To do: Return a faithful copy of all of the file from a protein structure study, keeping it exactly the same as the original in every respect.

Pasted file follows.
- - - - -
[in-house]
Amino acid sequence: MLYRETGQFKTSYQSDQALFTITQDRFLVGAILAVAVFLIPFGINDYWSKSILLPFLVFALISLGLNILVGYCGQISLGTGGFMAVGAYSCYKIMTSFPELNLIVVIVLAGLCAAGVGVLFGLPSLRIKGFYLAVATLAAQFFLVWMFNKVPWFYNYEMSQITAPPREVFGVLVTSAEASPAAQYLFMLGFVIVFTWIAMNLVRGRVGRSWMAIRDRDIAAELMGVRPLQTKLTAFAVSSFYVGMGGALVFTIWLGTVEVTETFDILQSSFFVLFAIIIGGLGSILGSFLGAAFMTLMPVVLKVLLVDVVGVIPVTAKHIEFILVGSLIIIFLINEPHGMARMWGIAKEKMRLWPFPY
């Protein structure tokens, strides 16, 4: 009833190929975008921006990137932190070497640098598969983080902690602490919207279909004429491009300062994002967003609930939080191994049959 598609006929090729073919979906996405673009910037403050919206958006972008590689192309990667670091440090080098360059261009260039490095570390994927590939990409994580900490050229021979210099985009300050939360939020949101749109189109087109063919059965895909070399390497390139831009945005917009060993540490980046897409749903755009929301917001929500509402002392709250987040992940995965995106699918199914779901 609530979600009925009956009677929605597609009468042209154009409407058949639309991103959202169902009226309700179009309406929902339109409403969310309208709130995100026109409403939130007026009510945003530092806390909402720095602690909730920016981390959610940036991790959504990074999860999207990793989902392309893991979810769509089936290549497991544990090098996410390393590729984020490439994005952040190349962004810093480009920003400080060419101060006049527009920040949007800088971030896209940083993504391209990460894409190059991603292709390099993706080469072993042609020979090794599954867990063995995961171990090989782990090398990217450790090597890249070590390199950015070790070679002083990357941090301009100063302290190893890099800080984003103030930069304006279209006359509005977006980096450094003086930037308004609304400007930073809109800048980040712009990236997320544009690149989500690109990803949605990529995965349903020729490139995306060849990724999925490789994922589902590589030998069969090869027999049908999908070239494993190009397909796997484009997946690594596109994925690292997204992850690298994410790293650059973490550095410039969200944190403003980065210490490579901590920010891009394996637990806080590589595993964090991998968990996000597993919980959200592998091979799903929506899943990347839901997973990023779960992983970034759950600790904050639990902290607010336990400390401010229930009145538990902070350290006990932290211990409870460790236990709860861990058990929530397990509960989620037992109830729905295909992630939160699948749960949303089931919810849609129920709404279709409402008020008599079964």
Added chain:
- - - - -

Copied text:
[in-house]
Amino acid sequence: MLYRETGQFKTSYQSDQALFTITQDRFLVGAILAVAVFLIPFGINDYWSKSILLPFLVFALISLGLNILVGYCGQISLGTGGFMAVGAYSCYKIMTSFPELNLIVVIVLAGLCAAGVGVLFGLPSLRIKGFYLAVATLAAQFFLVWMFNKVPWFYNYEMSQITAPPREVFGVLVTSAEASPAAQYLFMLGFVIVFTWIAMNLVRGRVGRSWMAIRDRDIAAELMGVRPLQTKLTAFAVSSFYVGMGGALVFTIWLGTVEVTETFDILQSSFFVLFAIIIGGLGSILGSFLGAAFMTLMPVVLKVLLVDVVGVIPVTAKHIEFILVGSLIIIFLINEPHGMARMWGIAKEKMRLWPFPY
């Protein structure tokens, strides 16, 4: 009833190929975008921006990137932190070497640098598969983080902690602490919207279909004429491009300062994002967003609930939080191994049959 598609006929090729073919979906996405673009910037403050919206958006972008590689192309990667670091440090080098360059261009260039490095570390994927590939990409994580900490050229021979210099985009300050939360939020949101749109189109087109063919059965895909070399390497390139831009945005917009060993540490980046897409749903755009929301917001929500509402002392709250987040992940995965995106699918199914779901 609530979600009925009956009677929605597609009468042209154009409407058949639309991103959202169902009226309700179009309406929902339109409403969310309208709130995100026109409403939130007026009510945003530092806390909402720095602690909730920016981390959610940036991790959504990074999860999207990793989902392309893991979810769509089936290549497991544990090098996410390393590729984020490439994005952040190349962004810093480009920003400080060419101060006049527009920040949007800088971030896209940083993504391209990460894409190059991603292709390099993706080469072993042609020979090794599954867990063995995961171990090989782990090398990217450790090597890249070590390199950015070790070679002083990357941090301009100063302290190893890099800080984003103030930069304006279209006359509005977006980096450094003086930037308004609304400007930073809109800048980040712009990236997320544009690149989500690109990803949605990529995965349903020729490139995306060849990724999925490789994922589902590589030998069969090869027999049908999908070239494993190009397909796997484009997946690594596109994925690292997204992850690298994410790293650059973490550095410039969200944190403003980065210490490579901590920010891009394996637990806080590589595993964090991998968990996000597993919980959200592998091979799903929506899943990347839901997973990023779960992983970034759950600790904050639990902290607010336990400390401010229930009145538990902070350290006990932290211990409870460790236990709860861990058990929530397990509960989620037992109830729905295909992630939160699948749960949303089931919810849609129920709404279709409402008020008599079964």
Added chain: